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danj

turnover questions

16 posts in this topic

How long does a turnover change the fishing for?

Do the fish go back to the same pattern as before the turnover?

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The turnover period can vary depending on the body of water. Usually it'll last a solid week at least, sometimes longer depending on weather conditions and how fast the water drops and then stabilizes. It can really put the fish into a funk though.

As far as fish location after the period is over, that can sometimes be a mystery all in itself. I've found fish in some really awkward places after the turnover, and typically they don't relocate back to the same areas as they just were prior to the turnover, but don't hold me to that, because afterall those pesky things never seem to do what they're supposed to wink.gif

In your lakes Dan, I've found them really shallow all the way through November, where they're gorging on baitfish and feeding heavily at night after dark. You know that coach Kragh and I have landed some nice walleyes in 1-3 feet of water throughout the month of November, and usually the bite doesn't start until like 9pm.

I would also look towards neck-down areas, because those areas will horde in the forage and you can expect the fish to follow. Those areas will also hold fish into the early ice period too.

The craziness will subside and you'll be back on fish soon smile.gif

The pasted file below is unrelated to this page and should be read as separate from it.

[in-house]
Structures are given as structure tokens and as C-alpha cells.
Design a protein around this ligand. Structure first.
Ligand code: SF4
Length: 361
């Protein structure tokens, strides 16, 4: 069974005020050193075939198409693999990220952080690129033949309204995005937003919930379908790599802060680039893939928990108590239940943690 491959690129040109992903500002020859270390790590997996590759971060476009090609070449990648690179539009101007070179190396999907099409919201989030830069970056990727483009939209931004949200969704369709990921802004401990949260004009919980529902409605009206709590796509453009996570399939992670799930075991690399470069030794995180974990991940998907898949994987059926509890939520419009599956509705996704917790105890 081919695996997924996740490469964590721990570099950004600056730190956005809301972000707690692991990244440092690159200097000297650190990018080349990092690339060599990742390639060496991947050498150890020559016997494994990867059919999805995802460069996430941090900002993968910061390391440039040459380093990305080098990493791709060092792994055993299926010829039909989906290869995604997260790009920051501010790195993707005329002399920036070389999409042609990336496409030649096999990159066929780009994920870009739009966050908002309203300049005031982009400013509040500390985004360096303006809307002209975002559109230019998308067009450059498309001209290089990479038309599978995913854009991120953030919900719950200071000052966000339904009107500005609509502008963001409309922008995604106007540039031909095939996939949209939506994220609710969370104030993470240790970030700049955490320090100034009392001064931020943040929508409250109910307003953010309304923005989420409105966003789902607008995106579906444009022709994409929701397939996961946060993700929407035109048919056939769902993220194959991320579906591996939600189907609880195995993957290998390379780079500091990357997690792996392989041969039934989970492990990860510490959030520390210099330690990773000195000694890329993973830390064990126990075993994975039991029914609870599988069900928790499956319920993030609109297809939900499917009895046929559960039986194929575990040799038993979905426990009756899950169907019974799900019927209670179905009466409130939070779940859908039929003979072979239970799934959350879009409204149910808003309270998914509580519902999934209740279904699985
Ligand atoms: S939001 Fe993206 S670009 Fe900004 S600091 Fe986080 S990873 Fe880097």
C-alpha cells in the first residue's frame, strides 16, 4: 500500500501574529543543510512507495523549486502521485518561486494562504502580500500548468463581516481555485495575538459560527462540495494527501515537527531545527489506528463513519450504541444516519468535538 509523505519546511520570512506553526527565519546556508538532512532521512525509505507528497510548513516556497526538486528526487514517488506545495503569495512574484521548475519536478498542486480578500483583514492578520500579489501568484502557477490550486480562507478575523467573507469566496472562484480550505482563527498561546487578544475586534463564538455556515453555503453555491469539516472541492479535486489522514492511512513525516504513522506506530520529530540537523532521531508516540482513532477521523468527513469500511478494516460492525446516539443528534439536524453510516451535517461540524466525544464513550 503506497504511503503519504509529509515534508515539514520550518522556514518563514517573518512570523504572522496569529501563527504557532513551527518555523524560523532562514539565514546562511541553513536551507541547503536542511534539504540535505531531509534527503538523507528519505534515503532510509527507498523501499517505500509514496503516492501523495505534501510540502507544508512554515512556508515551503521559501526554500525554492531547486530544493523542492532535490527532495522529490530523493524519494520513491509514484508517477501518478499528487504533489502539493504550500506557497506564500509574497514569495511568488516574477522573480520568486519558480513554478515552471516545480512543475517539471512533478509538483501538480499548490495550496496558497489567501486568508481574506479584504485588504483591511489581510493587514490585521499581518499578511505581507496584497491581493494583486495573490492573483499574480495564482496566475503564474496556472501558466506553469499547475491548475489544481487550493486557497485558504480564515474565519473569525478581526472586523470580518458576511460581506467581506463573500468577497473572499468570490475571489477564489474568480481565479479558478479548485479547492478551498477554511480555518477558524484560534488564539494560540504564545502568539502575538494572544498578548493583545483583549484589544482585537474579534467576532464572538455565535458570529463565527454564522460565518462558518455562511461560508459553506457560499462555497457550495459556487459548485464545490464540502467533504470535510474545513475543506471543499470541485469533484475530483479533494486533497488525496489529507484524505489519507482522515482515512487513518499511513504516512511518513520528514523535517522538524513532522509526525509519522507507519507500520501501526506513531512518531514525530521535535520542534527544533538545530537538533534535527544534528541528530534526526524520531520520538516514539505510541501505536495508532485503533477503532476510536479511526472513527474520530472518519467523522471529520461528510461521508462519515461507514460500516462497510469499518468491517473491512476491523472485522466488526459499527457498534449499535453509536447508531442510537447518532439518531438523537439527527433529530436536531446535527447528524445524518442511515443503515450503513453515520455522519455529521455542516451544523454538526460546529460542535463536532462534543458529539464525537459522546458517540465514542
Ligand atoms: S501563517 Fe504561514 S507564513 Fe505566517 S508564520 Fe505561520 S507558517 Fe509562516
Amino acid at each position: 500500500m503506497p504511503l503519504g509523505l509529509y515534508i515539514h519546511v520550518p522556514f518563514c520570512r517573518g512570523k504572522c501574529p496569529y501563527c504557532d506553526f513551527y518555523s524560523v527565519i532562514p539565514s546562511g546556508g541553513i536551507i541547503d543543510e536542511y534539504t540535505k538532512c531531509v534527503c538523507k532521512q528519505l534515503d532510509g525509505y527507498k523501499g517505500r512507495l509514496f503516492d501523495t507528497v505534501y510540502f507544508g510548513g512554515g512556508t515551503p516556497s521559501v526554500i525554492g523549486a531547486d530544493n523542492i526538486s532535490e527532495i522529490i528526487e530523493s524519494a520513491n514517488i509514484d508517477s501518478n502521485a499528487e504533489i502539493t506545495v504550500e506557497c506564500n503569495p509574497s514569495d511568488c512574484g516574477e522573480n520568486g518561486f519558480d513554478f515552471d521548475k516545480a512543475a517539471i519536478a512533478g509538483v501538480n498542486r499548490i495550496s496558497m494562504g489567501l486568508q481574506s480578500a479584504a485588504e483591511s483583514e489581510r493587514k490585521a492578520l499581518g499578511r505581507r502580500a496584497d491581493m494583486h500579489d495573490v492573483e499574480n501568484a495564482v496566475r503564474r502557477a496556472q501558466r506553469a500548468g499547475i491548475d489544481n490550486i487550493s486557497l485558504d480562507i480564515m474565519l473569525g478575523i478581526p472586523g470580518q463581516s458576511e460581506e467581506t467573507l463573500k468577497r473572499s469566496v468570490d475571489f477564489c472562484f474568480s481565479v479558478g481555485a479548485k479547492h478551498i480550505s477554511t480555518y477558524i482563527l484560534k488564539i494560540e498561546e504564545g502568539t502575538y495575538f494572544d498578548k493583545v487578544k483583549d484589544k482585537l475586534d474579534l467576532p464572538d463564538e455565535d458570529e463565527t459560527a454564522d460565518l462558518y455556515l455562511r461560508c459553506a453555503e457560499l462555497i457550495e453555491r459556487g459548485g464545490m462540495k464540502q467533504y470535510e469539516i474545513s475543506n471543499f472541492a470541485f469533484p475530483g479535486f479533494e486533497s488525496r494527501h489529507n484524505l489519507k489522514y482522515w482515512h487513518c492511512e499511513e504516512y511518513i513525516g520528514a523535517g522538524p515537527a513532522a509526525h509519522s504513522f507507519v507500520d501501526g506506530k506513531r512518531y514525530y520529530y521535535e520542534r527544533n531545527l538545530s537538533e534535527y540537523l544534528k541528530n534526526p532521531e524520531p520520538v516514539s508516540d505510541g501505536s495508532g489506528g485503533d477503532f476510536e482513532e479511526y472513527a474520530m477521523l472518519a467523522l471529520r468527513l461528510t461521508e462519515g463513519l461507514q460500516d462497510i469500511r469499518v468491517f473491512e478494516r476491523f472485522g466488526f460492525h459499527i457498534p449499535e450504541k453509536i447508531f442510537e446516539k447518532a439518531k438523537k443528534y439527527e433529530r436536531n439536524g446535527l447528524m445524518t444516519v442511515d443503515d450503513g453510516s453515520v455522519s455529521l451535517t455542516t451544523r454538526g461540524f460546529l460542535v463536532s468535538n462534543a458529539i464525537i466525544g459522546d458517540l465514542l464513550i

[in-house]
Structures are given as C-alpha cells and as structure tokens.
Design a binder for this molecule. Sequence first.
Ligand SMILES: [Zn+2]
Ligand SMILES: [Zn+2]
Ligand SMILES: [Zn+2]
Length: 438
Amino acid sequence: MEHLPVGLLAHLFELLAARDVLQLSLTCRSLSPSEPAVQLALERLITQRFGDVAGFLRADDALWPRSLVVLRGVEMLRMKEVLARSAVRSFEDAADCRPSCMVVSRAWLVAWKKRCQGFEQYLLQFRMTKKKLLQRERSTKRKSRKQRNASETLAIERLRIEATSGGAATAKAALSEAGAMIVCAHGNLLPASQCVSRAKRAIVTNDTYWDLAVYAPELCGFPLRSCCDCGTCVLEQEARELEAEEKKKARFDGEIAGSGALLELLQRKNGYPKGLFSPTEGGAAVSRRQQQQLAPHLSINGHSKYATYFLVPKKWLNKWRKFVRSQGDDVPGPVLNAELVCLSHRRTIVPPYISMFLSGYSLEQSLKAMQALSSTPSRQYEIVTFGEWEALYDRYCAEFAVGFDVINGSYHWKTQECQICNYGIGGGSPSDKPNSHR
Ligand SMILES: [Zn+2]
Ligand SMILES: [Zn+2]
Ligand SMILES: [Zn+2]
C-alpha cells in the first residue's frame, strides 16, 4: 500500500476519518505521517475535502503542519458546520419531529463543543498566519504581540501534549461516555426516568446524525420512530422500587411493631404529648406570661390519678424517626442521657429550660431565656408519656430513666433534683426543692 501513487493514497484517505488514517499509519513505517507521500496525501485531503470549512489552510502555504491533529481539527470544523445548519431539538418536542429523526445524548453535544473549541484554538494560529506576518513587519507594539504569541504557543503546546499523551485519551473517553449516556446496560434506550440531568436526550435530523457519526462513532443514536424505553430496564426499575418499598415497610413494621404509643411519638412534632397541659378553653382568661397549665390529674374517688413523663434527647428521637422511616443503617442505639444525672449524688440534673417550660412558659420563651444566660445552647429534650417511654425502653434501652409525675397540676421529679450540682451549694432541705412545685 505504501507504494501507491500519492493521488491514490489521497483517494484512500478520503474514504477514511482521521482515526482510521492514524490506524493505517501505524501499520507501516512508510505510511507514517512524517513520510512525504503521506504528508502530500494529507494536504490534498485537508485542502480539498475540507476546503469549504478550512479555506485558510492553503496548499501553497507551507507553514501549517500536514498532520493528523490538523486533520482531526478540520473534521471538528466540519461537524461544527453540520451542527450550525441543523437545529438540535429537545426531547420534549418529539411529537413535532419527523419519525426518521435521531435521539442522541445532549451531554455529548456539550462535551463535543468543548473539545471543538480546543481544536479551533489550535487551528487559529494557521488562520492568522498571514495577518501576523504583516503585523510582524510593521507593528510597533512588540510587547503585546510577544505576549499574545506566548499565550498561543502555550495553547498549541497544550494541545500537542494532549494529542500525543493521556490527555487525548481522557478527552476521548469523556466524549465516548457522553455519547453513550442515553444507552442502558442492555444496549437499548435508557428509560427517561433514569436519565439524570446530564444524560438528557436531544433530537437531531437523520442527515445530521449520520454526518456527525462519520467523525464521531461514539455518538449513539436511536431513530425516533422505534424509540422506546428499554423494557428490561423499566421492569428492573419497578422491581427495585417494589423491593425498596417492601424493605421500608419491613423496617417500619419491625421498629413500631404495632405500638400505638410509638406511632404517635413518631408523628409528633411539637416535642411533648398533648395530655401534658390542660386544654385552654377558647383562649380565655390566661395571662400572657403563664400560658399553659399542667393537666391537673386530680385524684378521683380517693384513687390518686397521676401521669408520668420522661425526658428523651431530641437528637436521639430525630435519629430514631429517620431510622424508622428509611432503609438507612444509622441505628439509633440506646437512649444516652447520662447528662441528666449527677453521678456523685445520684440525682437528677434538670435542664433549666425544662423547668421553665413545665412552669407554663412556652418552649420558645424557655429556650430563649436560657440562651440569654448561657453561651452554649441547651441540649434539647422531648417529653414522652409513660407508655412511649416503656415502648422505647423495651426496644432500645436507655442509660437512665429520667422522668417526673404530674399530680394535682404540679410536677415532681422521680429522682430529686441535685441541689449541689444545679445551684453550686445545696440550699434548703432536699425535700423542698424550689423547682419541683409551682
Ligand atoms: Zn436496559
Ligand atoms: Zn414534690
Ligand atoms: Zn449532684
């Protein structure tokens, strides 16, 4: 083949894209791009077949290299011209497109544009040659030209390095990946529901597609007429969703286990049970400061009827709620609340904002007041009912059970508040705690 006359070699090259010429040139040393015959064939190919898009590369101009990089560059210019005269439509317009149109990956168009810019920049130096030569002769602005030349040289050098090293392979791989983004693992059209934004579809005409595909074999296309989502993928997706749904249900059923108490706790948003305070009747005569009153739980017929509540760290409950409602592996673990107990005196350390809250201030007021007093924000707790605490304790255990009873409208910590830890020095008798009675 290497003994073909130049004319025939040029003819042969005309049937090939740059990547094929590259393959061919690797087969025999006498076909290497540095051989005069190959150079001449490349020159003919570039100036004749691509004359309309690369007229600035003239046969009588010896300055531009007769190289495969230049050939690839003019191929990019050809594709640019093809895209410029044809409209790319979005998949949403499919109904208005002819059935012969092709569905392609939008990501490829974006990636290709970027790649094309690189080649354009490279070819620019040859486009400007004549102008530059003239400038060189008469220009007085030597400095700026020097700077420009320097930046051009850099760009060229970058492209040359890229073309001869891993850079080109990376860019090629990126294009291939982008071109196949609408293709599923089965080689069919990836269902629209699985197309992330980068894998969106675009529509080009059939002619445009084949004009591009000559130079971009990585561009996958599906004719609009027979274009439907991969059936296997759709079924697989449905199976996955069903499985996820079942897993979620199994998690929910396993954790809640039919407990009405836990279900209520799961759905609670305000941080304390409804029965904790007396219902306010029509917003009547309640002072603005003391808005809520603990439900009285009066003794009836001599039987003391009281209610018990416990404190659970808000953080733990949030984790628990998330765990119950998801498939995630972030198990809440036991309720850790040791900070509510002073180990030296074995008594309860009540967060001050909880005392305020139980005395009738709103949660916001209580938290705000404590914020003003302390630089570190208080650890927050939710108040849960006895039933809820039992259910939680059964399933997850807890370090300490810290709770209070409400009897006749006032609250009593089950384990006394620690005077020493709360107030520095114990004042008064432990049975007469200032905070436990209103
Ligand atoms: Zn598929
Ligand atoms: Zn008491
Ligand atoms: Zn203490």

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when did the lake in this area turn over? was thinking of hitting madison tonight any ideas for depth to hit or presentation to use after the turn over?

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Madison guy, the lake turned over recently. A day or two ago. Fishing was slow yesterday.

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Matt pretty much covered the basics. One thing I would add though is increasing your presentation size can help dramatically. Larger plastic presentation and big stick baits are typically "go-to" turnover choices.

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Why larger baits?

Matt suggested fishing at night after the turnover. I've never had success after sunset. Why would night be better?

Many Thanks. And I know how you and Coach Kragh did those nights. It was good.

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Walleyes will put on the feed bags and take advantage of the low-light conditions. Find areas where the baitfish school up and it'll be a hot area for night-time walleye... however, I'm not saying that the morning, day, and sunset bite won't be on either, but I've always enjoyed tagging large walleyes after the sun goes down in the fall...